The Geophagic Water Closet
Caroline Earley, Brian Gillis, and Kate Walker
Agustine Zegers _ Virginia Commonwealth University, Richmond, VA
Sarah Malekzadeh _ School of Visual Arts, NYC
Nicole Levaque _ Virginia Commonwealth University, Richmond, VA
Allie Linn _ MICA Curatorial; Maryland Institute College of Art, Baltimore, MD
Viola Bordon _ Washington University, Sam Fox School of Visual Arts, St. Louis, MO
Dana Robinson _ School of Visual Arts, NYC
Featuring DIGESTION CHOREOGRAPHY with Barbara DeVries and Leila Gordon
In this session, the artists have designed a permanent installation for the Main Building at Mildred's Lane. Earley, Gillis, and Walker lead the fellows through investigations around multiple perspectives of 'bathroom'; including cultural, psychological, and gendered. During this design phase, the water closet is created to function simultaneously as bodily space and archive of the site's identity; its social and cultural histories, related scientific data, physical and environmental attributes, and a record of the activities of Mildred's Lane.
Caroline Earley’s ceramic art practice draws on her interests in science, politics and cultural issues and incorporates hand, wheel, and industrial approaches. Her work explores the relationship between ceramic form and human bodies through the shifting interplay of form, appendage, and surface.
Earley was recently awarded the 2017 MoNA Luminaries Artist Award, Jeffry Mitchell Award for Sculpture from the Museum of Northwest Art. She was the Premiere Award winner of the 2016 Portage Ceramic Awards and the Grand Prize winner of the 2013 Idaho Triennial. She exhibits internationally and is represented by Milford Galleries, Dunedin and Whitespace Gallery in Auckland, New Zealand.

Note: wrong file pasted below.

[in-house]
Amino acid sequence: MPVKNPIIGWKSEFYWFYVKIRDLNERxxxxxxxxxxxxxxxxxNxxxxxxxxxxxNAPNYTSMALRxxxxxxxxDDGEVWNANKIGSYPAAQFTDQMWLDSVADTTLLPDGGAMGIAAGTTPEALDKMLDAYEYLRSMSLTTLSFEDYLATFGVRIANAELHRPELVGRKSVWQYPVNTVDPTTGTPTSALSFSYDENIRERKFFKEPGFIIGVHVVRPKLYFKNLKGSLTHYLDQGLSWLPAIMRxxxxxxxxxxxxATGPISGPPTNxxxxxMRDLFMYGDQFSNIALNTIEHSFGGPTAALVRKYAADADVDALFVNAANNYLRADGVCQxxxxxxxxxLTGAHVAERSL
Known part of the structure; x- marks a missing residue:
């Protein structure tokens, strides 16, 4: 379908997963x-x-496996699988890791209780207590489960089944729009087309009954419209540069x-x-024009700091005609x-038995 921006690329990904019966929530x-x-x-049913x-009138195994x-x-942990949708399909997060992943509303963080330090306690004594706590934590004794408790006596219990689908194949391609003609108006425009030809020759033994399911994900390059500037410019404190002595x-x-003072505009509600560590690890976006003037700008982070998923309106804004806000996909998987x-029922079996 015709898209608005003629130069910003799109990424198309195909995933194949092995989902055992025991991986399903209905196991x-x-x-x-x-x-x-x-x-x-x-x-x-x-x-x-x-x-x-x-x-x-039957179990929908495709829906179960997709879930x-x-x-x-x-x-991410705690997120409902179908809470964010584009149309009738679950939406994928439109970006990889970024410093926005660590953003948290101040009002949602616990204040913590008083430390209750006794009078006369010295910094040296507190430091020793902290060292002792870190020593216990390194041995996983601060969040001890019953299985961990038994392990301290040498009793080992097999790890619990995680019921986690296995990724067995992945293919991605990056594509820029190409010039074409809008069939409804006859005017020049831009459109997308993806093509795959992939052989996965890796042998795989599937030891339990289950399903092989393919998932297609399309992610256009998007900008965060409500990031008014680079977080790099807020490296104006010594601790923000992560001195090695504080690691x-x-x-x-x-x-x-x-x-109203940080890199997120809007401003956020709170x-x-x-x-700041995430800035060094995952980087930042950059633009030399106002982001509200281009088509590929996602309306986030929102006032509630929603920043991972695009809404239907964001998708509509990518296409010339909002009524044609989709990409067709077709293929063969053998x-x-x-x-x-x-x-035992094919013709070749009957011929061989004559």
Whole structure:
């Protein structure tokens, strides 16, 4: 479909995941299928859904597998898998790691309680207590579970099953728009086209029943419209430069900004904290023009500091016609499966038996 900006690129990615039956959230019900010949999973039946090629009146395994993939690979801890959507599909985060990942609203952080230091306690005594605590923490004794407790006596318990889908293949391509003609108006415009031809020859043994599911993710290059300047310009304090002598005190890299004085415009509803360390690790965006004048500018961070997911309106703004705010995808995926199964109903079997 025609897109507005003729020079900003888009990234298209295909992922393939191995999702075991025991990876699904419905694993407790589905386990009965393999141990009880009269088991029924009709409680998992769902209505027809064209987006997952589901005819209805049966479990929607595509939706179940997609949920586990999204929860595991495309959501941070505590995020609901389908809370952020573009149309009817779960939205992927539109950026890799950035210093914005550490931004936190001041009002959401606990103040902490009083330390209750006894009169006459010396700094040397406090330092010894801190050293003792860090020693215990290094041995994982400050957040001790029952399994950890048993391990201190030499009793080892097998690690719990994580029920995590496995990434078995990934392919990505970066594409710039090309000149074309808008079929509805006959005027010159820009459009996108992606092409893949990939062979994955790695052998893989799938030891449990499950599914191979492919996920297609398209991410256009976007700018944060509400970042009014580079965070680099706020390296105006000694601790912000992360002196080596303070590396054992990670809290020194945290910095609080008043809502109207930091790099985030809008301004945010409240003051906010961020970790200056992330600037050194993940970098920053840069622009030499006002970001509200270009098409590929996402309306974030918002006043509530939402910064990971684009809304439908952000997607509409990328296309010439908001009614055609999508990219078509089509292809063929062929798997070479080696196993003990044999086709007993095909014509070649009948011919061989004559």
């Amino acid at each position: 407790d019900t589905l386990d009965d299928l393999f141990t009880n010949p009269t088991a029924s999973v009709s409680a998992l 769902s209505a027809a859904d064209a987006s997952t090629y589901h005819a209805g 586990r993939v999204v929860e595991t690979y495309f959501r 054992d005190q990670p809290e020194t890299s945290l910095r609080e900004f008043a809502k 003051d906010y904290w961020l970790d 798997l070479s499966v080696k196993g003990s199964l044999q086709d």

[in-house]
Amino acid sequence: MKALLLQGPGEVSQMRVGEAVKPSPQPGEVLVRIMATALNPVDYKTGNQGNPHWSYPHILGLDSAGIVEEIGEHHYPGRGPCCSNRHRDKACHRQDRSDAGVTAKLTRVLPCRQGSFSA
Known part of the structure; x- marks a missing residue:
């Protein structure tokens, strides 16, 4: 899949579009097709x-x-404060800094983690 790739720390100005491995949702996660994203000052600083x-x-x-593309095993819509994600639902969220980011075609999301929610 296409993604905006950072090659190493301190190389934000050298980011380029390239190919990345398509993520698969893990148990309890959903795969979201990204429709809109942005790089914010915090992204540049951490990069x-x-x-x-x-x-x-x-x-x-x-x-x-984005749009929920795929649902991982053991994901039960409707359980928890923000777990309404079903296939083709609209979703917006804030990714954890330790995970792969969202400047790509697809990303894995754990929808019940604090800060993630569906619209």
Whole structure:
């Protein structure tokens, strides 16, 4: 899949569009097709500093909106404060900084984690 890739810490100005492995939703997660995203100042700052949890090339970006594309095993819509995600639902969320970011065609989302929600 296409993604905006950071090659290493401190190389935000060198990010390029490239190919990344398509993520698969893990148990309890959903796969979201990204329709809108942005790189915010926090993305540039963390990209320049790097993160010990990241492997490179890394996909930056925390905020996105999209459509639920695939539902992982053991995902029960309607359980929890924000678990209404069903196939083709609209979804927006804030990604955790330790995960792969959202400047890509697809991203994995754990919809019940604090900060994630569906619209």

She received her Master of Fine Arts from the University of Wisconsin, Milwaukee and is Professor of Art, Ceramics at Boise State University.
Brian Gillis examines sociocultural issues as consequent evidence of particular historic moments. His work uses a variety of production strategies and conceptual approaches. These often draw from specific sites and related institutions and range from the production of objects and editions of multiples to site-specific installations and actions.
Gillis is the recipient of distinctions including fellowships from the Illinois Arts Council, Oregon Arts Commission, MacDowell Colony, and a recent residency at the Massachusetts Museum of Contemporary Art. Gillis has exhibited his work nationally and internationally at institutions including CUE Art Foundation, the Mint Museum, and the Milwaukee Art Museum, as well as the Cluj Museum of Art in Romania and Heilongjiang University in China.
Gillis received a Master of Fine Arts from the New York State College of Ceramics at Alfred University. He is an Associate Professor of Art at the University of Oregon.
Kate Walker’s work encompasses hybrid painting objects and performance video projects, which intersect with our current cultural moment. Often collaborating with groups of students, or community members, these include choreographed performances or staged events that speak to specific contemporary social issues. Recent projects focus on visibility and agency of the queer body, and imaginary manifestations of current Utopian and dystopian urges.
Recent grants and awards include selection as a finalist for the 2018 New Zealand Painting and Printmaking Award, Idaho Commission on the Arts Grant, Alexa Rose Foundation Grant, and residencies at the Australia National University and Whitireia New Zealand. Walker has shown her work nationally and internationally including
Select 2, Garvey Simon, New York (2017), Out of Sight, Seattle, WA (2017) (collaborative work with Caroline Earley), ‘REUNION’- LGBTQA Symposium Show, Greenly Gallery, Bloomsburg University PA (2017), The Annual Wallace Art Awards, New Zealand (2014) and 28th Festival Les Instants Video, Marseilles, France (2015).
Walker received her MFA from the University of Arizona in 2005 and is an Associate Professor, at Boise State University.